Have you ever wondered where that leather belt or bag came from? Eight-year-old Rebecca did, and when her mother couldn't tell her for sure, she made a point of finding out. That's the premise of "Labels", a new PETA video created by Catsnake Studios.
Without showing blood, guts or any imagery of animal suffering, the video leaves the viewer with a sobering message: that leather items can come from any animal, including cats and dogs. It's a hard pill to swallow - but a necessary one.
The video comes on the heels of a recent PETA Asia investigation which exposed a thriving dog-leather industry in China, in which workers clubbed dogs, slit their throats and tore off their skin to make women's dress gloves and other products that are falsely labelled as leather from sheep and exported around the world.
More than 1 billion animals are killed for the leather trade every single year. Horses, cows, calves, goats, lambs, pigs - and, yes, even dogs and cats - are shipped off to abattoirs around the world, but only after enduring the same misery as do animals on factory farms: confinement to filthy pens and crates, chronic infections and diseases triggered by severe crowding, and castration and other invasive procedures without anaesthetics.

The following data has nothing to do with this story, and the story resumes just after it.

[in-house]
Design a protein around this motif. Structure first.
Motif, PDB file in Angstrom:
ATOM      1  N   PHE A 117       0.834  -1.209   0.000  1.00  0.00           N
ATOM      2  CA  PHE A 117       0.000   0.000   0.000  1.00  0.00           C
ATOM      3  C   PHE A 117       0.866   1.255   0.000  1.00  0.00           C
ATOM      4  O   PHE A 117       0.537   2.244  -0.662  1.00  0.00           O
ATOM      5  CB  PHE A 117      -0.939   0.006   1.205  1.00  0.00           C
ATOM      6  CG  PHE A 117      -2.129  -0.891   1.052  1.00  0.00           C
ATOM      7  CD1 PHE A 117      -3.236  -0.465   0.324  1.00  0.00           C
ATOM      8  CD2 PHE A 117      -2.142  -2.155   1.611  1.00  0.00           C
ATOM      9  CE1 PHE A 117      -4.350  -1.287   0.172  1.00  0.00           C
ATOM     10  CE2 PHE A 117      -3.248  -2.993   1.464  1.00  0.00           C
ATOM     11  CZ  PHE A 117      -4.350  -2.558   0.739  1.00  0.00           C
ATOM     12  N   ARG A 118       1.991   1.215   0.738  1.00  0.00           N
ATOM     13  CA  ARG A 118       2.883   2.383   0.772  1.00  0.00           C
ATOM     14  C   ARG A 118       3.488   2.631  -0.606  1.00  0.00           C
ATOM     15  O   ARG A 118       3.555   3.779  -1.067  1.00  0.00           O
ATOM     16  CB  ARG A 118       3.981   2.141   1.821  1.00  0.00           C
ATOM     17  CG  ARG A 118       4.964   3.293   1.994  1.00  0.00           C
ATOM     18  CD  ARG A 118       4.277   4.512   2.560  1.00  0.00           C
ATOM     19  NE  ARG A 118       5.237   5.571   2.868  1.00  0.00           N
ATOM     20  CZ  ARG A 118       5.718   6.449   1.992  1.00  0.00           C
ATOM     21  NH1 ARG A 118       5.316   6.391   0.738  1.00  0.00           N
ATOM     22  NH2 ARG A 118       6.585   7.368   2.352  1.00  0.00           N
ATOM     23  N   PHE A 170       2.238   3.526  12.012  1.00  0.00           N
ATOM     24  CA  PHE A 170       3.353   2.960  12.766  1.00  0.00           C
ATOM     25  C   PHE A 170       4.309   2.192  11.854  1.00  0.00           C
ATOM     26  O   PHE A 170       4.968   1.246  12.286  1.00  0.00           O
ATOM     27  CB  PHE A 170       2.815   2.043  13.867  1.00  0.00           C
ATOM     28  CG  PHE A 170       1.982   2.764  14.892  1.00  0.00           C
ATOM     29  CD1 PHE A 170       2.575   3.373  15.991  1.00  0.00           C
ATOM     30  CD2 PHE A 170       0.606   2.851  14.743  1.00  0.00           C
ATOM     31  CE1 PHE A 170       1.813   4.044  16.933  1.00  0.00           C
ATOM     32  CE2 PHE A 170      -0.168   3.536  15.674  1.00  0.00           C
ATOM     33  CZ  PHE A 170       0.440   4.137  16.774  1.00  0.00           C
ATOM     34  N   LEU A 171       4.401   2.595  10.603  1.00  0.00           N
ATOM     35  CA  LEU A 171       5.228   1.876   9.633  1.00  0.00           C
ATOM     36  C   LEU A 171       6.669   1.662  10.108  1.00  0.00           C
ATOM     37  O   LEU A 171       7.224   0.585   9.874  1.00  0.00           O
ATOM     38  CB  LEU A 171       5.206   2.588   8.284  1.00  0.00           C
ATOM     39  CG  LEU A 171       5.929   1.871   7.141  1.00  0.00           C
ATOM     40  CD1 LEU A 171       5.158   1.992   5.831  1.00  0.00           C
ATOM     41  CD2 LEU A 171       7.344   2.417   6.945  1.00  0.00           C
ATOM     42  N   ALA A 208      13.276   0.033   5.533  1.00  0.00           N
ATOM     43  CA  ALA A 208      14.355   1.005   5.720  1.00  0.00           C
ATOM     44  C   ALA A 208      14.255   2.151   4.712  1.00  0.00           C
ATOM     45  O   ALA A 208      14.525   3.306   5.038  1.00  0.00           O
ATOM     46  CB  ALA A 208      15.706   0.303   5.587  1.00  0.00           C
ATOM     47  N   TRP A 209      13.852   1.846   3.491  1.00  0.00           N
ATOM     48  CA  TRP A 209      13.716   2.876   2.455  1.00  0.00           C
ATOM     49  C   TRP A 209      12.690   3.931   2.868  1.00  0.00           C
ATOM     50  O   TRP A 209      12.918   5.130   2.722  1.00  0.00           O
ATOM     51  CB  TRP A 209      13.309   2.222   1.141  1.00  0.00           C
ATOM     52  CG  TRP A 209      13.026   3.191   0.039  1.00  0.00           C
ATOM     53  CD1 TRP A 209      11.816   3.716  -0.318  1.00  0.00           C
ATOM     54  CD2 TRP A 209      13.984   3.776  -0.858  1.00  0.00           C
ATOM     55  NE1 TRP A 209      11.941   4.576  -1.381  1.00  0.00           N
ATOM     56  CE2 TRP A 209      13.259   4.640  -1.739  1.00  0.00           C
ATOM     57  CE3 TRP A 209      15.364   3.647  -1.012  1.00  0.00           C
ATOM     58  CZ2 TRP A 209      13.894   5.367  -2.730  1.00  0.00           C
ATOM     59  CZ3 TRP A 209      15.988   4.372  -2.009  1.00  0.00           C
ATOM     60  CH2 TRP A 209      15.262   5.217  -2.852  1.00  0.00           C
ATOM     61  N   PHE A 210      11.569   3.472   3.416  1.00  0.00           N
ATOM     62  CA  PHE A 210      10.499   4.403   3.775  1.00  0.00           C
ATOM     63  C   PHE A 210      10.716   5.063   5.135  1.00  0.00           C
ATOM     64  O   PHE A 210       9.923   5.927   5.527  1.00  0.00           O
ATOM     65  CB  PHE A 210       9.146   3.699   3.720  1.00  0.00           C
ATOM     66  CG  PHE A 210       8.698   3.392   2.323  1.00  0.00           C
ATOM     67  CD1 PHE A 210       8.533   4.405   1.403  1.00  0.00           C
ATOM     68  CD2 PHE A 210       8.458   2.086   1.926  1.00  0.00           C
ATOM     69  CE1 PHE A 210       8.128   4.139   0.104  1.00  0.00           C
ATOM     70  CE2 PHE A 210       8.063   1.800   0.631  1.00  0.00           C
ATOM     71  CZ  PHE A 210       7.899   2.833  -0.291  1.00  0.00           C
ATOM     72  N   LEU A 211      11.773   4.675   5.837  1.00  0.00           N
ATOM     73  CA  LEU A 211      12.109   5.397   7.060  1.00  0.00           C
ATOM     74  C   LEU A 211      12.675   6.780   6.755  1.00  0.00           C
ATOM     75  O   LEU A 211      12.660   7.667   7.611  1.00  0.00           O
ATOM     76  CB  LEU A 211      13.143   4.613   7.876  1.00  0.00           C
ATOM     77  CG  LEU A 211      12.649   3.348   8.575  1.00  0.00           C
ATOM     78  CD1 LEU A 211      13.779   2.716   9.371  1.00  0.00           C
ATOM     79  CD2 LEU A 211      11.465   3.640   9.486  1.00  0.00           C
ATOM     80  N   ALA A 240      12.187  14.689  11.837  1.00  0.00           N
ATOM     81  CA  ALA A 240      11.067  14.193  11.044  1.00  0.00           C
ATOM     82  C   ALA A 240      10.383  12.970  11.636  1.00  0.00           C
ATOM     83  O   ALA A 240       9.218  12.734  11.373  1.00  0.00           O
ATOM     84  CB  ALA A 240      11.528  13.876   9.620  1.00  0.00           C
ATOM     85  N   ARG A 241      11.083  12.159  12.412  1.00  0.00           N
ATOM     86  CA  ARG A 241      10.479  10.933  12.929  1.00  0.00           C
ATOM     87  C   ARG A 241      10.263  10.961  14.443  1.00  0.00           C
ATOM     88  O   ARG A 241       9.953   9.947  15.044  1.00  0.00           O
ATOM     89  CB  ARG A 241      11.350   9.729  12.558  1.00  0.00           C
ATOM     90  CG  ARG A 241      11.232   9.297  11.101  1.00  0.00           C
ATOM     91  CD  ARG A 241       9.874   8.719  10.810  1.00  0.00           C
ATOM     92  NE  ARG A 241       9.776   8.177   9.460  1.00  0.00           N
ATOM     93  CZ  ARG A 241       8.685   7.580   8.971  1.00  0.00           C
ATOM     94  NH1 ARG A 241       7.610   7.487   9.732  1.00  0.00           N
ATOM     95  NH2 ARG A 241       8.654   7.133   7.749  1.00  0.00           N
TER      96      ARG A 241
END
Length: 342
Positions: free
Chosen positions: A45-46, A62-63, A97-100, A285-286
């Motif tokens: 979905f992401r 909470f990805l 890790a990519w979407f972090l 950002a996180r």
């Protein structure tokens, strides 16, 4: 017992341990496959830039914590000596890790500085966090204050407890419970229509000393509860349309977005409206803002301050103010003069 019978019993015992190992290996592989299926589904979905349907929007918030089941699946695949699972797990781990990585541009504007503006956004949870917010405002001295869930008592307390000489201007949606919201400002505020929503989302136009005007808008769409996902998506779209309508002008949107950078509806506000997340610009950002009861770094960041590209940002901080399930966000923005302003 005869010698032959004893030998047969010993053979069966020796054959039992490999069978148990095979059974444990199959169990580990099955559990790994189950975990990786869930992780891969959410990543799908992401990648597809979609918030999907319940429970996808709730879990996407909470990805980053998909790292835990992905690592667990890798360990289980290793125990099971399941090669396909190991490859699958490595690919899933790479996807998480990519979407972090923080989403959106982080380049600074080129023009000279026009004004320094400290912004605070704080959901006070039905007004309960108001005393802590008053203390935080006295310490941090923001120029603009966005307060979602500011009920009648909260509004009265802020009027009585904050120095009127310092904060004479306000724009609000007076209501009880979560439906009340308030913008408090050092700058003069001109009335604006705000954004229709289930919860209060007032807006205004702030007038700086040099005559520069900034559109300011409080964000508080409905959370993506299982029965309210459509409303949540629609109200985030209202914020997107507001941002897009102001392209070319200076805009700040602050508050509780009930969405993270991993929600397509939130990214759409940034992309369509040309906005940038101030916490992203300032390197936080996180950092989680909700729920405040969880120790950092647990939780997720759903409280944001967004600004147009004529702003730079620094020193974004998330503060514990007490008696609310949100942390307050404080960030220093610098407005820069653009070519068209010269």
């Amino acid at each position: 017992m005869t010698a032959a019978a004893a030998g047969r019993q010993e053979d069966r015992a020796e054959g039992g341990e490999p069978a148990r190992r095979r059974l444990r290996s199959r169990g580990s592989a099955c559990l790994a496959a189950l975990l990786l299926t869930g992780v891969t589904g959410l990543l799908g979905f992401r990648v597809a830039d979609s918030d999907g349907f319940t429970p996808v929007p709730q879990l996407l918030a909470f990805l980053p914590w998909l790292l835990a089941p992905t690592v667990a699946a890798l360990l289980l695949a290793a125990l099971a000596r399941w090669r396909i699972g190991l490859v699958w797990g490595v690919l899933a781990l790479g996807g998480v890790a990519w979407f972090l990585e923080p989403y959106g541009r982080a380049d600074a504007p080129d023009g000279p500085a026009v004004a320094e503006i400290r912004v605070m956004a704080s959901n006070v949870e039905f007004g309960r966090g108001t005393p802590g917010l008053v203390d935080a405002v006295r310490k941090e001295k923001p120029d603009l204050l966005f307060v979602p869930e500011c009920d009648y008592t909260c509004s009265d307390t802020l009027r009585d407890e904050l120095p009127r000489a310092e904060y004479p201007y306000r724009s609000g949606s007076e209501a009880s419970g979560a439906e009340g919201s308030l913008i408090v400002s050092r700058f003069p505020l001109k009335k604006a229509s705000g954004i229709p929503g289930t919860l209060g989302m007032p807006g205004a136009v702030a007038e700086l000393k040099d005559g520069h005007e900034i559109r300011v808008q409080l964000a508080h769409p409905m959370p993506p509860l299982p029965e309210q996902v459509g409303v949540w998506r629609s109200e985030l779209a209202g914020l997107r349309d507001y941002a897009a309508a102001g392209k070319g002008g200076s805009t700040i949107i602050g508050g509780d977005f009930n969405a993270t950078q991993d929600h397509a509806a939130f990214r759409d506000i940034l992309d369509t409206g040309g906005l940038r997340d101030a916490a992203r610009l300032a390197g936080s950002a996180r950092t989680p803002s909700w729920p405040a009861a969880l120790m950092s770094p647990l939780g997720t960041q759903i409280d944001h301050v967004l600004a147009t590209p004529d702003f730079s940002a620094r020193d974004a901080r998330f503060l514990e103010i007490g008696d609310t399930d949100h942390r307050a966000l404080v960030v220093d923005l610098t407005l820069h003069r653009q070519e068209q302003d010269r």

Cows are supposedly revered and protected in India - which, along with China, produces most of the world's leather - but the animal-skins industry thrives there nonetheless. Traffickers circumvent the law by forcing cows (sometimes by the thousands) to walk to distant abattoirs. The death march is arduous, and the cows are not allowed to rest. When they collapse from exhaustion, they're beaten, their tails are broken, and chilli pepper and tobacco are rubbed into their eyes to get them back on their feet and to keep them moving. To maintain their weight so they can fetch a higher price, they're given water laced with copper sulphate, which destroys their kidneys and makes them unable to urinate.
What can you do? Easy: just choose cruelty-free fashions, which are available for every budget - from bargain-priced leather-free shoes at Topshop to high-end vegan purses made by Stella McCartney. It's the only way to make sure that your wardrobe has not contributed to appalling animal suffering.